A little over a month ago I gave up something near and dear to my heart. Something that I woke up to, something that I carried with me for the better part of the day. It was highly addictive, and a staple for IT workers all over North America. I know what you’re thinking, but it wasn’t my BlackBerry. Nope, my addiction was Diet Coke.
Fueled partially by this scary research about diet pop and partially by the fact that my gut has been a mess for a couple of years, I decided to quit cold turkey. And by quitting Diet Coke, I quit the only thing other than red wine that I LOVED drinking.
I wasn’t sure what to expect. My friends warned me that within 3 days I’d be a raging bitch due to the aspartame withdrawal. Lucky for everyone around me I was already PMSing. By ‘lucky’ I obviously mean ‘unlucky.’ And by PMSing I mean ‘summoning demons from the underworld with my every breath.’
Yup, taking away my favourite drink, aspartame withdrawal and PMS. The trifecta of bitchiness inducing activities.
The first day wasn’t so bad. (Ok, that’s a lie.)
I don’t drink coffee, so by the end of the first day I was dragging my butt everywhere. This is when I realized just how much of the stuff I drank. It wasn’t abnormal for me to drink one on the way to work, then have another around 10am. By 1pm I had downed another, then when 3 pm hit it was time for a third or fourth. Substituting it with water made me sad, very sad. Water doesn’t bubble. It doesn’t fizz. It doesn’t taste like, well anything.
The second day started off ok, but by 3pm I had a headache that left me searching for an anvil. I mean an Advil. You know what, either of them would have worked, I just wanted something to stop the throbbing. I was starting to get used to drinking more water—but can’t say I was a fan of the constant trips to the bathroom.
Then, the third day hit. Oh the third day. Not only was I jonesing for a fix of Diet Coke for the taste, but I was actually feeling edgy. Imagine my surprise when I found out this is what withdrawal feels like. I was actually having withdrawal symptoms from a soda!
That’s when I started writing my Haikus.
Thirsty. Want a drink.
It better not be water,
or I'll kick some ass.
My dear Diet Coke
I’m thirsty and you’re not here
I freaking hate you.
Oh mother nature
You created this great drink
I freaking hate you.
You can probably guess what the last set of Haikus were about.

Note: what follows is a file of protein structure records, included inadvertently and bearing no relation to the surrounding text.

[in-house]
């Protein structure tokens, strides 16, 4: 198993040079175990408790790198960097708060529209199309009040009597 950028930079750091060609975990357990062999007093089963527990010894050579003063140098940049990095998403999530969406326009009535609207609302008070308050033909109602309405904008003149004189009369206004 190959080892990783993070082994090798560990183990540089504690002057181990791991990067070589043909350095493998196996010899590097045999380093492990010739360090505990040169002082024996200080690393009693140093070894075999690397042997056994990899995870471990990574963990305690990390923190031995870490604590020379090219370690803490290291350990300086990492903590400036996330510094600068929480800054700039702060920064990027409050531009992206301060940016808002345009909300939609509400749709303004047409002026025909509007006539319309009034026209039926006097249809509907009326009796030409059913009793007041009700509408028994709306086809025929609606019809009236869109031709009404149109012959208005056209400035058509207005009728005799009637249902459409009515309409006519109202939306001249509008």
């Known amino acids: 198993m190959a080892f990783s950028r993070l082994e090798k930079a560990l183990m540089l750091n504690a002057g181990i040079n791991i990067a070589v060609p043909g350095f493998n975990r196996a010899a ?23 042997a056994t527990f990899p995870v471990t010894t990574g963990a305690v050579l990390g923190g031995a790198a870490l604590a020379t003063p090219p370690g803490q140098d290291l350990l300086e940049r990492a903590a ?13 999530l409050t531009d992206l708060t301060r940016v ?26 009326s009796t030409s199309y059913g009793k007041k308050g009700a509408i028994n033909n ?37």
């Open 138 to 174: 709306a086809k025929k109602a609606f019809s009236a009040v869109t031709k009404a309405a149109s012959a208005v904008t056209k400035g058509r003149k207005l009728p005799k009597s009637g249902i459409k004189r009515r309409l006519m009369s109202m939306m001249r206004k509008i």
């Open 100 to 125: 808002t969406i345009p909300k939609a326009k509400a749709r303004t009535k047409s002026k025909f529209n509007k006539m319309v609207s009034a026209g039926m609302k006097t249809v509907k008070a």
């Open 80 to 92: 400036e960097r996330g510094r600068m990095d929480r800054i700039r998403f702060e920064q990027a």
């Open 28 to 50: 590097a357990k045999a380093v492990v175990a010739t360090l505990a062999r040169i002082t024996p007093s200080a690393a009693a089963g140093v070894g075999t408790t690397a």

By the fourth day I was angrily giving anyone with a Diet Coke in their hands the stare down, wondering if I could somehow sneak a sip from one of their drinks without them noticing. I reminded myself that the purpose of this was to quit the damn stuff. And I made it through the day.
Day five was better, the headaches had subsided and I had resigned myself to drinking water and the occasional iced tea for flavour. The following twenty five days haven’t been so bad either!
So, I did it. I kicked my habit. And between us, it wasn’t as hard as I expected. My face is clearer, I lost five pounds and I’ve lost the dark circles under my eyes. I still crave a glass every once and a while, but it’s not nearly as bad as I expected.
I’m thrilled I did it and now I’m trying to figure out what to give up next. Maybe just not while I’m PMSing.
There's an old saying in the IT world: Passwords are like underwear. You should change them often, and never share them with strangers.
When my friend got her first internet banking account setup, she told me the password was password. 2 months ago, she asked me to pay a bill for her while she was out and her password was—you guessed it—still password.
I know I know, I say it all the time—but you MUST change your passwords on occasion. At a minimum, I use the time that the clocks change as a reminder to change all of my passwords, and I do mean all of them.
Internet banking, email, YMC, or any other website, if it’s got a password, now is the time to change it.
But what makes a good password?
• Ideally its made up of a combination of upper and lower case letters, as well as some special characters.
• It should be should be more than 8 characters.
• It should never be a word that can be found in a dictionary. The bad guys know to try those first (and remember there are dictionaries in every language so using the word fromage instead of cheese isn’t going to trick anyone.)
A Bad password
• Is your name, or the name of your family members.
• It’s the word ‘password’ or a variation ‘passw0rd’
• It’s your address
• It’s the name of your pet.
• It’s comprised of birthdates
• It’s your phone number
• It’s any segment of your Social Insurance number
• It’s something someone could figure out using a software program.
Microsoft has a cool way to generate a great password
Start with a sentence like: YMC is a great place
Remove the spaces between the words: YMCisagreatplace
Turn the words into shorthand, or intentionally misspell a word: YMCisagrtplc
Add length with numbers: YMC1sagr8plc2012
Use the Microsoft Password checker to check the strength of your password.
And a reminder? Don’t use the same password for all of your sites. Chances are you’re using the same user ID right? So if the appointment booking portal for your massage therapist is hacked and they have your password, they can easily try other websites with the same combination to see what they can come up with.
So, what are you waiting for! Change your passwords now. We’ll be waiting right here when you’re done!
Ps. While we’re talking about springing ahead, another thing I want you to do this weekend is backup your files. Now, I’ve preached the reasons for backing up your files MANY times before but take the time to do it this weekend. There are cheap (and free) ways to make this process easy, so save yourself tears and headaches and do it!